'I've Always Been a Frustrated Ballerina' after Stripping Traditional Welsh Folk Down to Its Bare Bones for the Album Tir, Cerys Matthews Is Now Part of a Collaboration to Reinterpret It through the Medium of Contemporary Dance. She Tells Nathan Bevan Why and How Her Love of Bob Dylan Cut Short Her Budding Career as a Ballerina
THAT Cerys Matthews never ended up becoming one of Wales' most successful ballerinas is entirely Bob Dylan's fault. The former Catatonia singer's formative years in Cardiff had been spent pirouetting in pink ballet pumps and perfecting her plies in front of full length mirror - until that is, at the age of 11, she first heard a certain Robert Zimmerman sing.
"It's true, I'd been learning to dance ever since I could walk really, but I packed it in to be more rock and roll," smiles the 43-year-old.
"Dylan was my secret hero and I just thought, 'Well, Bob doesn't do ballet' and that was that.
"Besides, I'd started playing a lot of instruments by that point - piano, guitar and a few different woodwind things - and wanted to concentrate more on music.
"I didn't want to be a jack of all trades and master of none," she adds.
Nevertheless, when Matthews was approached by choreographers Darius James and Amy Doughty to collaborate with Ballet Cymru on a new contemporary dance production she leapt (a grand jete perhaps?) at the unusual opportunity.
Their idea was to reinterpret the songs from Tir, her 2010 album of traditional Welsh folk, live on stage for a series of shows while the singer and mum-of-three provided acoustic accompaniment.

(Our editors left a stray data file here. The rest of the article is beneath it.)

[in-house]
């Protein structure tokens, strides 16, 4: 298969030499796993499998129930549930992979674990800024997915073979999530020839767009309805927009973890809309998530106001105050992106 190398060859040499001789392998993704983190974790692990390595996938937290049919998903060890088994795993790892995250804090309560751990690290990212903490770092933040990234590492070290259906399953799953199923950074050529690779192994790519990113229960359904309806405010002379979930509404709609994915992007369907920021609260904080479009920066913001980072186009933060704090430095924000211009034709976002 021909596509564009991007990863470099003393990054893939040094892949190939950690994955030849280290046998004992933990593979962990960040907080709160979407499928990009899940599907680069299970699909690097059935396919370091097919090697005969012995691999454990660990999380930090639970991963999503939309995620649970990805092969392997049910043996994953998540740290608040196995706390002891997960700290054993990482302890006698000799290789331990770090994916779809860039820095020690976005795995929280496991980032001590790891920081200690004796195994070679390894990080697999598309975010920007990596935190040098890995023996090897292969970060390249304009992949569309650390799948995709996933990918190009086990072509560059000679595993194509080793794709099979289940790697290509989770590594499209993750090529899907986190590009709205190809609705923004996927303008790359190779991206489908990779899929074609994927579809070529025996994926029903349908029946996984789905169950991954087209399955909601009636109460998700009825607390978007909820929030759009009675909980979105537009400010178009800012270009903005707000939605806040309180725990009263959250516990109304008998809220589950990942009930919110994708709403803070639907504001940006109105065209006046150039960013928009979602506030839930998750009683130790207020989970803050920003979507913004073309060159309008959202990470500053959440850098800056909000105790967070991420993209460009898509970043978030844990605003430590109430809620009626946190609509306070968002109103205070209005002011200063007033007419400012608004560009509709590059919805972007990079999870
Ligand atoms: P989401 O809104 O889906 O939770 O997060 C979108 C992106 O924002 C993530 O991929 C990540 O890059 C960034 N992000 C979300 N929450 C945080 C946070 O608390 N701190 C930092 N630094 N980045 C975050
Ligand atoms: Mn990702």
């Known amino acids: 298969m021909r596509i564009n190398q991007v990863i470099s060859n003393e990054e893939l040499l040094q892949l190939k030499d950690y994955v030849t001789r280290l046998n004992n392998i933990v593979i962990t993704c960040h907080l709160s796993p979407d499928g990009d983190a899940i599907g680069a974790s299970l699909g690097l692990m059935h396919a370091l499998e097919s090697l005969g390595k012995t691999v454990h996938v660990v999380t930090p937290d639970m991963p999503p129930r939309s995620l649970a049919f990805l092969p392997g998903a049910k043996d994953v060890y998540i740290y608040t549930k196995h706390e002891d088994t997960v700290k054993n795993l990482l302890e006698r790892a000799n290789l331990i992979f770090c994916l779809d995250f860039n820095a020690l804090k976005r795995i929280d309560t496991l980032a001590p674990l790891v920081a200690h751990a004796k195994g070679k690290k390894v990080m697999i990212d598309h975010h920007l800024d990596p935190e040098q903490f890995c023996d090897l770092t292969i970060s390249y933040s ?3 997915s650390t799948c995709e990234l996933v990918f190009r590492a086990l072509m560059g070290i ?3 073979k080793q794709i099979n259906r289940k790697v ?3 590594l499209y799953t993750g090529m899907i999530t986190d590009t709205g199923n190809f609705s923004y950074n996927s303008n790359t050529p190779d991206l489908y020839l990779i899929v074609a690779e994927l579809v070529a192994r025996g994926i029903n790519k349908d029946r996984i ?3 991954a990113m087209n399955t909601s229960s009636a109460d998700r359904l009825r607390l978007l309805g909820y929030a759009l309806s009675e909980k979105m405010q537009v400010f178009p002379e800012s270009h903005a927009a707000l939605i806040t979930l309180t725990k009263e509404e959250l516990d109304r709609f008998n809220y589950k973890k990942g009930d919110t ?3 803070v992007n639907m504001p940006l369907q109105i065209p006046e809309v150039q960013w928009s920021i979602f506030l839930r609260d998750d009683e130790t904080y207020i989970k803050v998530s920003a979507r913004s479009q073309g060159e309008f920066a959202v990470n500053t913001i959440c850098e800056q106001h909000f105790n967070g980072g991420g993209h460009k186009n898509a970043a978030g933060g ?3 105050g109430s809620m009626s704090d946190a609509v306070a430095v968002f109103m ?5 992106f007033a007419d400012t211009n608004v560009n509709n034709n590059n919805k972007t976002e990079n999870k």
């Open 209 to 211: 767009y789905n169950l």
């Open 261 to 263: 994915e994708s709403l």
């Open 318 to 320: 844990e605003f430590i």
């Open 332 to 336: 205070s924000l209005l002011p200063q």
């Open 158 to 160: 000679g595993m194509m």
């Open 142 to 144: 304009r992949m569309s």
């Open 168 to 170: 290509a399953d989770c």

"It was certainly a strange request, but a really interesting one and there was no way I wasn't going to be up for doing it," says Matthews.
"Although I'm sure Darius had no idea when he got in touch just how interested I'd be, me being a frustrated ballerina and all."
But, she adds, the pairing might not be as incongruous as it first seems.
"Usually traditional songs will have a dance that goes with them, ones that have been honed over many generations.
"So the fact we're choreographing something new for something so old makes it really exciting.
"Just look at a melody like Llwyn Onn, which goes back hundreds of years and tells of a retired sailor who longs to settle down with his true love and have the kitchen of her cottage be the helm of his ship for the rest of his days," says Matthews.
"It's a lovely tune and an even more beautiful sentiment - I sing it a cappella, very fluid and loose."
Other tracks covered on Tir have a drastically less idyllic depiction of relationships however.
"There's a really gothic and macabre element to a lot of Welsh folk music, take Can Merthyr for example," she smiles, recounting the lyrics that portray a henpecked husband beaten by a ladle-wielding wife who never gives him any meat for his soup and keeps all the tobacco for herself.
"Usually I'll precede it with a more well-known love song like Love Me Tender before going, 'And this is how they do it in the Valleys'. …